Academic journal article Atlantic Economic Journal

Projecting the U.S. Gender Wage Gap 2000-40

Academic journal article Atlantic Economic Journal

Projecting the U.S. Gender Wage Gap 2000-40

Article excerpt


There is extensive literature examining the size, determinants, and trend over time in the gender wage gap in the United States. (1) The historical pattern is well established--after near stability through the 1960s and 1970s, the gender wage gap closed substantially during the 1980s and early 1990s. This paper examines whether this trend will continue. With recent college enrollment rates higher for women than men and rapid increases in levels of female labor market experience, prospects appear promising. Furthermore, the pay gap is smaller for the current younger age groups than the older age groups, raising the possibility that this smaller gap may spread to older groups as the young cohorts age. On the other hand, Blau and Kahn [2000] note that convergence appears to have stalled in the late 1990s. Furthermore, future aging of the workforce could impede further female progress.

Surprisingly, there has been little discussion of the future gender wage gap. Blau and Kahn [2000] argue that "at least modest" continued convergence is "plausible" but provide no explicit projections. Stanley and Jarrell [1998] project that the future gender wage gap will fall by about one-third of a percentage point per year based on a linear trend estimated from the results of past gender pay gap studies. Smith and Ward [1984] appears to be the only systematic attempt to project the future trend in male and female relative wages. They projected substantial progress from 1980 to 2000, with the pay ratio rising from 64 percent to at least 74 percent by 2000.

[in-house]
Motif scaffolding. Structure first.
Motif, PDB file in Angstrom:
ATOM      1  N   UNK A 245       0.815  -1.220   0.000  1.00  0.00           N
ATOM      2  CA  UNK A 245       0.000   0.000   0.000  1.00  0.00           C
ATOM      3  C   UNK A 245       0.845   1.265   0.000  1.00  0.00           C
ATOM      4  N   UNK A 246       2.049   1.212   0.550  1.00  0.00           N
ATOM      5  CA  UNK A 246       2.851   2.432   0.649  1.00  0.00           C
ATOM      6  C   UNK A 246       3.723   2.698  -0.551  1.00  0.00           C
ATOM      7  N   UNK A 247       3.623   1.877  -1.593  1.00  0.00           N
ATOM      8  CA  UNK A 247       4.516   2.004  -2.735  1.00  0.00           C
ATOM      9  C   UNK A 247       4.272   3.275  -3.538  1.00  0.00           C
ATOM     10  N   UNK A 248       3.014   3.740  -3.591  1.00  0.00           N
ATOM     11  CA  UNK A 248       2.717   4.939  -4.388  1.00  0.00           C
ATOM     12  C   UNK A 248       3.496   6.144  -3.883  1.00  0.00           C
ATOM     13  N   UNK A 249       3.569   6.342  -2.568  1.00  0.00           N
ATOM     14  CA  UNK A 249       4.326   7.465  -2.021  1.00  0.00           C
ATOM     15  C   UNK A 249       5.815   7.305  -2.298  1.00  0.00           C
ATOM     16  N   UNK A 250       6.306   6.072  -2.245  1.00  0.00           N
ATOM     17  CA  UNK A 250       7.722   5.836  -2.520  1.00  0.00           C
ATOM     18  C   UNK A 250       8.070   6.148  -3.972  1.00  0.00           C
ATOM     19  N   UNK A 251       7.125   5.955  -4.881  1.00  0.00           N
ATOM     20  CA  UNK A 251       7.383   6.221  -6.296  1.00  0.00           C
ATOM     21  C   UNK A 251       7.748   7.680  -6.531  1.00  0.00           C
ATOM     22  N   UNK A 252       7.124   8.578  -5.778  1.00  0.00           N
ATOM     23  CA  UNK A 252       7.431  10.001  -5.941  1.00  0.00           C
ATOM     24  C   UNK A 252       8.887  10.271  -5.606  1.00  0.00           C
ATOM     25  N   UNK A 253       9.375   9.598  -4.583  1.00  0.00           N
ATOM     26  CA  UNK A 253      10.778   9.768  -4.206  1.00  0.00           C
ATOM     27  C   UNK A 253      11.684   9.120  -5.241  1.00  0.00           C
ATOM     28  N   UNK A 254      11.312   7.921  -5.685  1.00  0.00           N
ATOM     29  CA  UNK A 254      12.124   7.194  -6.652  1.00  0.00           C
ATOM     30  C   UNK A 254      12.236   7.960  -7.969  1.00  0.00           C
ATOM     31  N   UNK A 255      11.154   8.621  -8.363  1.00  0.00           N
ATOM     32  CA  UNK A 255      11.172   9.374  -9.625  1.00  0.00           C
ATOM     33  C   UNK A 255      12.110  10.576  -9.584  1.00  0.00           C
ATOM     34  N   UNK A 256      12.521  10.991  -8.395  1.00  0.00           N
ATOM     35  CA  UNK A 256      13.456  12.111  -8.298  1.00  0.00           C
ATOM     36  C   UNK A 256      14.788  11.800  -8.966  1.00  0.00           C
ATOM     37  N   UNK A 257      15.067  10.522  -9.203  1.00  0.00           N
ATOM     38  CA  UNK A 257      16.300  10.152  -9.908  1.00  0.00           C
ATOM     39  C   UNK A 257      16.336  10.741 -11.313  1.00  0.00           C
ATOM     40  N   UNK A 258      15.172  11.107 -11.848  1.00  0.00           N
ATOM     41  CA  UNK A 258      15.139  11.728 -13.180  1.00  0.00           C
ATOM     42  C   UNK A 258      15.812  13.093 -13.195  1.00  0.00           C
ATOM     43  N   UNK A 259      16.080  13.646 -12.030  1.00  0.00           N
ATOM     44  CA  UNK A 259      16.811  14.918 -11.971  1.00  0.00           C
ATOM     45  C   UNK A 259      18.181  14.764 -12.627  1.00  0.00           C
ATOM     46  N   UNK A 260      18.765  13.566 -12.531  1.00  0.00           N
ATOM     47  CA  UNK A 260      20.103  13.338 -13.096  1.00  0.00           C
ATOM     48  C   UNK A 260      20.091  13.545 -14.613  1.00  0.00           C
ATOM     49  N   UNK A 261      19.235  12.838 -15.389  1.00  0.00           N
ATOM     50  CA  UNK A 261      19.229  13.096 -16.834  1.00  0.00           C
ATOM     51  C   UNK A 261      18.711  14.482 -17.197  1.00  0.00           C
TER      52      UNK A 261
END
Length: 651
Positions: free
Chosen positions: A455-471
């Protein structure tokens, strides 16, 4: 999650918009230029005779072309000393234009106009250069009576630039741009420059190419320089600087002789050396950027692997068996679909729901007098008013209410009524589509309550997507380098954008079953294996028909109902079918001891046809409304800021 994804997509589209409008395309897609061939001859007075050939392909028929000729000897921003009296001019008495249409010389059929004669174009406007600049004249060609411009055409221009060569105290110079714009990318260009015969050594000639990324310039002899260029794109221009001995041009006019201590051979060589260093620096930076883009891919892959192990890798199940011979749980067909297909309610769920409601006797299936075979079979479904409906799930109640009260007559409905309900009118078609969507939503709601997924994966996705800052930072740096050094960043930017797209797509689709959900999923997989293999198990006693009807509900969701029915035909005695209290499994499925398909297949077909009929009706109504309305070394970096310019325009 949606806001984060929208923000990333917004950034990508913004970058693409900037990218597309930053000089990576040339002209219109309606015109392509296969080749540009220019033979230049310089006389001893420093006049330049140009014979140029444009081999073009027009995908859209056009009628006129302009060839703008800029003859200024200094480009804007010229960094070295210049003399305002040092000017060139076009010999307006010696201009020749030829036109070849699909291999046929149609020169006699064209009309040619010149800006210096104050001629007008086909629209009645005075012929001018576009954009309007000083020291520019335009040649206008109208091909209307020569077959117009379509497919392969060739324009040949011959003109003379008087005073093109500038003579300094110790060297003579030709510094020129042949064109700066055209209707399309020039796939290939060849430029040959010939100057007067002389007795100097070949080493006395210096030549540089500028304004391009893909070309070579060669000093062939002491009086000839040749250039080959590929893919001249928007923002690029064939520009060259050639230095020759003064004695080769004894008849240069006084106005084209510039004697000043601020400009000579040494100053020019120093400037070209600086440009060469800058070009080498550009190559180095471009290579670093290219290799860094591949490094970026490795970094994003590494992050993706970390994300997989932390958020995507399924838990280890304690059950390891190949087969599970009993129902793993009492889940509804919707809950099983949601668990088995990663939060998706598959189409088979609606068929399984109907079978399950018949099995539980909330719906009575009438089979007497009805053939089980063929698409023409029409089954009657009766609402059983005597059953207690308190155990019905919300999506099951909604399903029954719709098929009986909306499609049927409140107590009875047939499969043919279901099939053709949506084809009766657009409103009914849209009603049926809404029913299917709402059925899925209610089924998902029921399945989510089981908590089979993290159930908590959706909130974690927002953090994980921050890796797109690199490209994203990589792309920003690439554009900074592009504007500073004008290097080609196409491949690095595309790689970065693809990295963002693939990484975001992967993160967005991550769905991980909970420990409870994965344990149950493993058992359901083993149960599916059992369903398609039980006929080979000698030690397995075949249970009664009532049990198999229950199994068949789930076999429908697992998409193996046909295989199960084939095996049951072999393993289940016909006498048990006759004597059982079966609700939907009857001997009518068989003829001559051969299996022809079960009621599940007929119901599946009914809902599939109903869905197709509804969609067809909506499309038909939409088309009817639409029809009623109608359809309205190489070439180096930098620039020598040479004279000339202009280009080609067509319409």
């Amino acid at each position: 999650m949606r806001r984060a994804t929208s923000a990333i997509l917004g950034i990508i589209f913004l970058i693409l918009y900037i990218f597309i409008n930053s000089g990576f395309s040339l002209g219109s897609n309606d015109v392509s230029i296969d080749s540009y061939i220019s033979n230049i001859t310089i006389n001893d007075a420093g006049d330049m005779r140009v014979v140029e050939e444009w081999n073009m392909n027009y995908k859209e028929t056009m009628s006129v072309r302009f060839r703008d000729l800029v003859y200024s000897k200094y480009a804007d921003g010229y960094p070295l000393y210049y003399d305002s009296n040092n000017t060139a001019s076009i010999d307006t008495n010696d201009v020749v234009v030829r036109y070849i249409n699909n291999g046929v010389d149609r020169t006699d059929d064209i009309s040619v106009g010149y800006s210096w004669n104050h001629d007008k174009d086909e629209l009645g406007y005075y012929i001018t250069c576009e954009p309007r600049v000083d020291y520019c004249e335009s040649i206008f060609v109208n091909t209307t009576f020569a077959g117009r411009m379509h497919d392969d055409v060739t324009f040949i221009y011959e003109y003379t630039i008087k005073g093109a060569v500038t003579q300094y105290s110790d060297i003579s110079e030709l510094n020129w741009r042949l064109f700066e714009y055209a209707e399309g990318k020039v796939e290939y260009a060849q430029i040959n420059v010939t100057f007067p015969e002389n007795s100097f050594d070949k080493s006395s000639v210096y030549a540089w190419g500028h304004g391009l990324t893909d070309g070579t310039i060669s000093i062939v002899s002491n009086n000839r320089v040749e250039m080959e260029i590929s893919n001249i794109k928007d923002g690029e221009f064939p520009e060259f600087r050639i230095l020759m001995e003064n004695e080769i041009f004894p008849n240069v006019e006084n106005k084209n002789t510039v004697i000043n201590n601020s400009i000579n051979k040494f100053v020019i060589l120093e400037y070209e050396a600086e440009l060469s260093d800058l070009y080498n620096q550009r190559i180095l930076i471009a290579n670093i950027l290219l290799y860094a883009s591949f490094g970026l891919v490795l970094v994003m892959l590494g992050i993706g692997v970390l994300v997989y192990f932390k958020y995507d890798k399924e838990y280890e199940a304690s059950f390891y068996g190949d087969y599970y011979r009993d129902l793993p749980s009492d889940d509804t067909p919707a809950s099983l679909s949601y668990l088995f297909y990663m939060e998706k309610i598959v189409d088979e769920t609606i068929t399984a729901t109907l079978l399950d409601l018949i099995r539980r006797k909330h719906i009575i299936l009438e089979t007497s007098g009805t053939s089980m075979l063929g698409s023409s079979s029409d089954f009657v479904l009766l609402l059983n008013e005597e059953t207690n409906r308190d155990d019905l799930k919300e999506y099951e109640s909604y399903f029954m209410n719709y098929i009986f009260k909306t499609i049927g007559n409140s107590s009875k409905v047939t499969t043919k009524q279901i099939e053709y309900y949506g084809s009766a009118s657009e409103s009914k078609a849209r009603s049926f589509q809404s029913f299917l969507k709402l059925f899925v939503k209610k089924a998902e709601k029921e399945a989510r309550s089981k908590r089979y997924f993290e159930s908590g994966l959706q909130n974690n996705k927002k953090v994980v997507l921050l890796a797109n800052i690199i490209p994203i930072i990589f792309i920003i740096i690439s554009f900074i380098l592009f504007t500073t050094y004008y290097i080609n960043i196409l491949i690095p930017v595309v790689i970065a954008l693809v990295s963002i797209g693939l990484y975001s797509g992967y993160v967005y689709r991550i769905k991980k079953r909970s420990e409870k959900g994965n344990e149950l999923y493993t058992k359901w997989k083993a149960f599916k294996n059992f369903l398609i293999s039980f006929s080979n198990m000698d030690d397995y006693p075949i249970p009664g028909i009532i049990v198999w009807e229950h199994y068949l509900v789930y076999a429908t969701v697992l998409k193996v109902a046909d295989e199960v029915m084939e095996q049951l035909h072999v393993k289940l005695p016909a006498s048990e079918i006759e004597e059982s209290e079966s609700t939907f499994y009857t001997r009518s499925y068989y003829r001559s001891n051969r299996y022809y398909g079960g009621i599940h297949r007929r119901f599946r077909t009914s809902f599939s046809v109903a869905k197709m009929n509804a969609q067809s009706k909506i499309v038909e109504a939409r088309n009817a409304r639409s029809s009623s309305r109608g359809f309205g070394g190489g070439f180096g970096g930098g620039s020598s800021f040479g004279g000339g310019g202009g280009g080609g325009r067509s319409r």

The current analysis is in the spirit of Smith and Ward [1954] in its attempt to project the future trend in the gender wage gap to 2040. The projection exercise aims to shed light on four inter-related questions. First, will women continue to make progress vis-a-vis men? Second, will equality of pay occur soon or will progress be slow? Next, what factors will drive future changes in relative pay? Finally, how sensitive are the projections to their basic underlying assumptions? This paper begins with an outline of the projection method. Assumptions underlying the analysis, together with various extensions, are then discussed. The next section outlines the projections of the demographic structure, educational attainment, and labor market experience. Then, the projected future path of the gender wage gap is examined, followed by an exploration of the sensitivity of the path to altering the underlying assumptions. The final section concludes the paper.

Outline of the Projection Method

This paper begins by sketching the five-step projection method, leaving additional details and extensions to the next section. The first step posits a human capital earnings equation:

(1) ln([]) = [x'][[beta].sub.t] + [],

with ln([]), the log of hourly earnings of person i in year t, being determined by a vector of observable human capital characteristics [] and an error term []. The wage equation is estimated separately for men and women using a 1995 cross-section of individuals aged 25-64 drawn from the Panel Survey of Income Dynamics (PSID). (2) [] is restricted to include the level of education, a quadratic in labor market experience, and a race dummy. As in Smith and Ward (1984), it is assumed that the estimated parameters are stable over time ([[beta].sub.t] = [beta]). The implication of this assumption is that changes in the size of the gender wage gap over time arise solely via changes in mean male and female levels of wage determining characteristics:

(2) [DELTA] [[bar]ln([])] - [DELTA][[bar]ln([])] = [DELTA][[bar]][[beta].sup.m]] - [DELTA][[bar]][[beta].sup.f]],

where a bar denotes the mean value and superscripts m and f denote male and female respectively. With this as the key equation, focus switches to projecting the future path of [[bar]x. …

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